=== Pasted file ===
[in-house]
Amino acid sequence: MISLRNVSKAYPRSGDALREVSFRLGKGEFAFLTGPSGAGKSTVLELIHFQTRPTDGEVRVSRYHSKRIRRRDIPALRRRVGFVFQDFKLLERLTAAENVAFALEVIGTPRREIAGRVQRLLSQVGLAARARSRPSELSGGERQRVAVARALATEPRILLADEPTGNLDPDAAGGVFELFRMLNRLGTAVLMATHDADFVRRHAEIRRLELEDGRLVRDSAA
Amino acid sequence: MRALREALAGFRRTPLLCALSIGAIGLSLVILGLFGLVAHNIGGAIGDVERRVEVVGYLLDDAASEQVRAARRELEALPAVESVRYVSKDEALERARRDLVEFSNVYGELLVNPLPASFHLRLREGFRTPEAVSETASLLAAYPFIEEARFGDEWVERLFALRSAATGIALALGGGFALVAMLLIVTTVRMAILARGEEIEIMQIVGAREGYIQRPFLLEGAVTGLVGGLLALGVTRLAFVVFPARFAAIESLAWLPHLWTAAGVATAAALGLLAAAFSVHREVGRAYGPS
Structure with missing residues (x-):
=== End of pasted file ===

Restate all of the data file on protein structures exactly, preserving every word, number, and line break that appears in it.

[in-house]
Amino acid sequence: MISLRNVSKAYPRSGDALREVSFRLGKGEFAFLTGPSGAGKSTVLELIHFQTRPTDGEVRVSRYHSKRIRRRDIPALRRRVGFVFQDFKLLERLTAAENVAFALEVIGTPRREIAGRVQRLLSQVGLAARARSRPSELSGGERQRVAVARALATEPRILLADEPTGNLDPDAAGGVFELFRMLNRLGTAVLMATHDADFVRRHAEIRRLELEDGRLVRDSAA
Amino acid sequence: MRALREALAGFRRTPLLCALSIGAIGLSLVILGLFGLVAHNIGGAIGDVERRVEVVGYLLDDAASEQVRAARRELEALPAVESVRYVSKDEALERARRDLVEFSNVYGELLVNPLPASFHLRLREGFRTPEAVSETASLLAAYPFIEEARFGDEWVERLFALRSAATGIALALGGGFALVAMLLIVTTVRMAILARGEEIEIMQIVGAREGYIQRPFLLEGAVTGLVGGLLALGVTRLAFVVFPARFAAIESLAWLPHLWTAAGVATAAALGLLAAAFSVHREVGRAYGPS
Structure with missing residues (x-):